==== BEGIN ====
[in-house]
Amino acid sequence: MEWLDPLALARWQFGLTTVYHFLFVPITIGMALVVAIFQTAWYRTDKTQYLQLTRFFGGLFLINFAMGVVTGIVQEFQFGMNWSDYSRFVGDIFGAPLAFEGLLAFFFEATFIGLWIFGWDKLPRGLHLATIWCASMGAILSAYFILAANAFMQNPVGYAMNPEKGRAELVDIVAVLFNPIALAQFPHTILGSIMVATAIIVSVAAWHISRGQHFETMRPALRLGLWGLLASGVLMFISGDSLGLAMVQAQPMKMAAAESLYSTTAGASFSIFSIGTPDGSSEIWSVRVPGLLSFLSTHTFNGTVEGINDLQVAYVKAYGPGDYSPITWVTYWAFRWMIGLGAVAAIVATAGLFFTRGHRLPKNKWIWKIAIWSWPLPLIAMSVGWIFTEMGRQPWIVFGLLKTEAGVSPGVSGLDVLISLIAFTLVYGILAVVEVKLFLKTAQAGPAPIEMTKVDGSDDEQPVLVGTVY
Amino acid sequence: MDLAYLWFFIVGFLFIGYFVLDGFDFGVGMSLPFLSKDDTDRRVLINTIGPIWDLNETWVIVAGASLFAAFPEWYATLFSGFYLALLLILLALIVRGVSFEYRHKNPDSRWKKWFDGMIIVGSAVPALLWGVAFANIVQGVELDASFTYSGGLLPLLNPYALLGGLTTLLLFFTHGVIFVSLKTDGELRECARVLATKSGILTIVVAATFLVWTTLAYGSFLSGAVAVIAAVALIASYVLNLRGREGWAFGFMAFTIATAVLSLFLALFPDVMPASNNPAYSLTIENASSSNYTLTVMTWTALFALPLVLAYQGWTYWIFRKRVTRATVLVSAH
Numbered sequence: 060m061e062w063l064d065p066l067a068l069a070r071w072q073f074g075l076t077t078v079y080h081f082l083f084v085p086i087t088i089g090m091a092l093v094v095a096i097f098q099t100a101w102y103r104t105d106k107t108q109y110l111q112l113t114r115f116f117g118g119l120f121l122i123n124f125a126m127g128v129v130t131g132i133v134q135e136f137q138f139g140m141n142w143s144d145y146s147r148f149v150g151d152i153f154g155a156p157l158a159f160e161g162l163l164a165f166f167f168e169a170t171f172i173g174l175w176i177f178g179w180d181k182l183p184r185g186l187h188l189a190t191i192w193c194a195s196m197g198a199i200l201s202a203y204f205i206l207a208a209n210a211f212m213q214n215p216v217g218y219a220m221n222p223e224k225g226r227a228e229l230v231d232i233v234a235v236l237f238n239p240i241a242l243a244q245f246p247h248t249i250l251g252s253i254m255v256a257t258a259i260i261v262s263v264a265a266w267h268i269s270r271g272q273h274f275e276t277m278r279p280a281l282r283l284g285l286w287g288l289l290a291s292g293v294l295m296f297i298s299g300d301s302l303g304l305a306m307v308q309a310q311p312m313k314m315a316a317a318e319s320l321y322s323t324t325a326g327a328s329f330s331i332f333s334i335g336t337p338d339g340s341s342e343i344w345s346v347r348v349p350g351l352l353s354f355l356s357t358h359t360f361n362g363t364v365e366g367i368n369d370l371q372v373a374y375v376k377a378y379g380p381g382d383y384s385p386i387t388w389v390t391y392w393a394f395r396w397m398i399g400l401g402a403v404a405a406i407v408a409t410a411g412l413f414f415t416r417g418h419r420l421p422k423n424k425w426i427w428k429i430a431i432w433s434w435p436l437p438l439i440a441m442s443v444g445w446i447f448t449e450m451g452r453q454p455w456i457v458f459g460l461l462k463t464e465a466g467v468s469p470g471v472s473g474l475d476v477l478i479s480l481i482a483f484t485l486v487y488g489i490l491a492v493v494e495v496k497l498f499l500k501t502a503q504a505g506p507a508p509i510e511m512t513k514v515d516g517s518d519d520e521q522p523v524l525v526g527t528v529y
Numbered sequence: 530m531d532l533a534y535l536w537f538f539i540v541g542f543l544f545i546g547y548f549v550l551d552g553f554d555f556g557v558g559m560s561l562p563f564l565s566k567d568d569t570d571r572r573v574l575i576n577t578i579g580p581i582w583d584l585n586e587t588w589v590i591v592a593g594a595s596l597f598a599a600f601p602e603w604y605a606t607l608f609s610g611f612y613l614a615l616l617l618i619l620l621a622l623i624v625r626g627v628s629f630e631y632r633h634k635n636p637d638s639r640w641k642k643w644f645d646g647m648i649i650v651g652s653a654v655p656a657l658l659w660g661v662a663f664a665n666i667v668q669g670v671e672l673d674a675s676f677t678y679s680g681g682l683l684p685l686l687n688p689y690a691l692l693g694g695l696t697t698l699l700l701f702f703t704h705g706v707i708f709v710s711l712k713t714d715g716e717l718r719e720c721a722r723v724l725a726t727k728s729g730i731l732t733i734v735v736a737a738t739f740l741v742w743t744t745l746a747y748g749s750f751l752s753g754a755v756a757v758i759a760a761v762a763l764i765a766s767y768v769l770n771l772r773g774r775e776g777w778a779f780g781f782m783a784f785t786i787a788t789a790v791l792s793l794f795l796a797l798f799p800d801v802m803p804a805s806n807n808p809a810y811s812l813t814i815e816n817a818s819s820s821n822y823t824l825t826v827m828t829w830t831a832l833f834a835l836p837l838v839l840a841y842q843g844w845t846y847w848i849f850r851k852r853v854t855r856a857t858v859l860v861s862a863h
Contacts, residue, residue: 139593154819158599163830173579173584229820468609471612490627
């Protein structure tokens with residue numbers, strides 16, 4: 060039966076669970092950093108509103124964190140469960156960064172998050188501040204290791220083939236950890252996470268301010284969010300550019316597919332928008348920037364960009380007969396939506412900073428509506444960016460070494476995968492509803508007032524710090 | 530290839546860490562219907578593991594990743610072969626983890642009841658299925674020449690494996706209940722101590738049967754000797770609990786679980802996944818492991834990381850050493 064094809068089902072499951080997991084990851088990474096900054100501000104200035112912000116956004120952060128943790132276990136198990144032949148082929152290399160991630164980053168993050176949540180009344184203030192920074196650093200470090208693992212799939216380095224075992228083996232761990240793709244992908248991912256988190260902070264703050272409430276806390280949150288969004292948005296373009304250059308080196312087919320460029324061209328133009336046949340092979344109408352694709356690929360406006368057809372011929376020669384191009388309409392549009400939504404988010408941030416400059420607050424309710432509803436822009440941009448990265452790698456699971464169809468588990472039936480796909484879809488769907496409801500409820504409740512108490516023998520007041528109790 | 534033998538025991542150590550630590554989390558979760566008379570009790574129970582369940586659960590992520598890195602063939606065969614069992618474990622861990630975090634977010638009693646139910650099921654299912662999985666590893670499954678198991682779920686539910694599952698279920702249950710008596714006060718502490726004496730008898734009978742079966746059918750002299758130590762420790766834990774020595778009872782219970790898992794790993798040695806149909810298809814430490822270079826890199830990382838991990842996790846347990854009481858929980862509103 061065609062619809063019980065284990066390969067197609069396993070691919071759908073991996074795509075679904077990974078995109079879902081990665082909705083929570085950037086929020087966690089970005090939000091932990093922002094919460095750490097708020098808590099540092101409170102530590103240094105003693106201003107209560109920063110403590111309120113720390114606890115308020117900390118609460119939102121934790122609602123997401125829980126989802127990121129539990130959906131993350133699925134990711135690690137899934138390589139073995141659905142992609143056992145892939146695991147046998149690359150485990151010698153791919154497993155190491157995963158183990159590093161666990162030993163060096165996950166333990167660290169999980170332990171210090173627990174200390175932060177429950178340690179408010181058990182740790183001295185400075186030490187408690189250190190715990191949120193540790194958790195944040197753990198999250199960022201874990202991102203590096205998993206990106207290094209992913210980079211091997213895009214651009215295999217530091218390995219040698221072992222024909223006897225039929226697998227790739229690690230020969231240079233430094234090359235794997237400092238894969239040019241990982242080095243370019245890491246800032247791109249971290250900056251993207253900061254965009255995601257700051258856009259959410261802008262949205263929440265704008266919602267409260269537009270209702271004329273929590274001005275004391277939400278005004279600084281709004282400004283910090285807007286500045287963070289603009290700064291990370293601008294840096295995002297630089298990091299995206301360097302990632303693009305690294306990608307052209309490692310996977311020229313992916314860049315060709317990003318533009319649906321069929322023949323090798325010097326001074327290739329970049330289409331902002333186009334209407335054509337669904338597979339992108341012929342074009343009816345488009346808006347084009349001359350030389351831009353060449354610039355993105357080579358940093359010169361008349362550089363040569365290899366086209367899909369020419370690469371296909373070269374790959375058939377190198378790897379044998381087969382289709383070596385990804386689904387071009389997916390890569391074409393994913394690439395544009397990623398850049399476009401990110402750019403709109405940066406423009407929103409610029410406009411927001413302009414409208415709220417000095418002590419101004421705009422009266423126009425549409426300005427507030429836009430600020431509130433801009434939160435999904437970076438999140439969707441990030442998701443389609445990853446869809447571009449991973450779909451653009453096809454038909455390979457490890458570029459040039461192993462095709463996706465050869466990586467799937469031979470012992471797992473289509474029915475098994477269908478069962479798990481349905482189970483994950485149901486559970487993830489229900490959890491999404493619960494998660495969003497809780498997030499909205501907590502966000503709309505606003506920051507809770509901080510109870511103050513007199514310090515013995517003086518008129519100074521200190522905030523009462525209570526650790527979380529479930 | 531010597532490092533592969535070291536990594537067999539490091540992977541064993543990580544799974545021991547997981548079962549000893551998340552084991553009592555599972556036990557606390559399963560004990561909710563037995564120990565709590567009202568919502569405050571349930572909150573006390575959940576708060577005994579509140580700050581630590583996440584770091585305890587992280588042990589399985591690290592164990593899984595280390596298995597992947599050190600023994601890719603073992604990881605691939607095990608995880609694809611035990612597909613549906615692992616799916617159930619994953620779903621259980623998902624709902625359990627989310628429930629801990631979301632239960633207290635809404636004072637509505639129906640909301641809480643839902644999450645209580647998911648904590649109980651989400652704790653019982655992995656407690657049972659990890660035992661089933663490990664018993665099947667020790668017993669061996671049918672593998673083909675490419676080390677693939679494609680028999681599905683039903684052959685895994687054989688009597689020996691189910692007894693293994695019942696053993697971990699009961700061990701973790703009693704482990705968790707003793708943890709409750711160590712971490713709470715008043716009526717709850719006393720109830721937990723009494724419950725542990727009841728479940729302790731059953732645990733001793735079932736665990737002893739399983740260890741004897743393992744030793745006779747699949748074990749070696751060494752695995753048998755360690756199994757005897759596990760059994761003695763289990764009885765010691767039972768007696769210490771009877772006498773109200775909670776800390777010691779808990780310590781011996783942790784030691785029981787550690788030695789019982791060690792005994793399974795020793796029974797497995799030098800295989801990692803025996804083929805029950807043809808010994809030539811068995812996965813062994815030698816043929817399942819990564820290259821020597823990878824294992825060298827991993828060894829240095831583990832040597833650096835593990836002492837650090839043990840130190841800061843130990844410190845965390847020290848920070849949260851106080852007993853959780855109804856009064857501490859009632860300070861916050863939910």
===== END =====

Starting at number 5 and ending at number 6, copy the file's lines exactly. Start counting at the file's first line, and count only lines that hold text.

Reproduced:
Numbered sequence: 530m531d532l533a534y535l536w537f538f539i540v541g542f543l544f545i546g547y548f549v550l551d552g553f554d555f556g557v558g559m560s561l562p563f564l565s566k567d568d569t570d571r572r573v574l575i576n577t578i579g580p581i582w583d584l585n586e587t588w589v590i591v592a593g594a595s596l597f598a599a600f601p602e603w604y605a606t607l608f609s610g611f612y613l614a615l616l617l618i619l620l621a622l623i624v625r626g627v628s629f630e631y632r633h634k635n636p637d638s639r640w641k642k643w644f645d646g647m648i649i650v651g652s653a654v655p656a657l658l659w660g661v662a663f664a665n666i667v668q669g670v671e672l673d674a675s676f677t678y679s680g681g682l683l684p685l686l687n688p689y690a691l692l693g694g695l696t697t698l699l700l701f702f703t704h705g706v707i708f709v710s711l712k713t714d715g716e717l718r719e720c721a722r723v724l725a726t727k728s729g730i731l732t733i734v735v736a737a738t739f740l741v742w743t744t745l746a747y748g749s750f751l752s753g754a755v756a757v758i759a760a761v762a763l764i765a766s767y768v769l770n771l772r773g774r775e776g777w778a779f780g781f782m783a784f785t786i787a788t789a790v791l792s793l794f795l796a797l798f799p800d801v802m803p804a805s806n807n808p809a810y811s812l813t814i815e816n817a818s819s820s821n822y823t824l825t826v827m828t829w830t831a832l833f834a835l836p837l838v839l840a841y842q843g844w845t846y847w848i849f850r851k852r853v854t855r856a857t858v859l860v861s862a863h
Contacts, residue, residue: 139593154819158599163830173579173584229820468609471612490627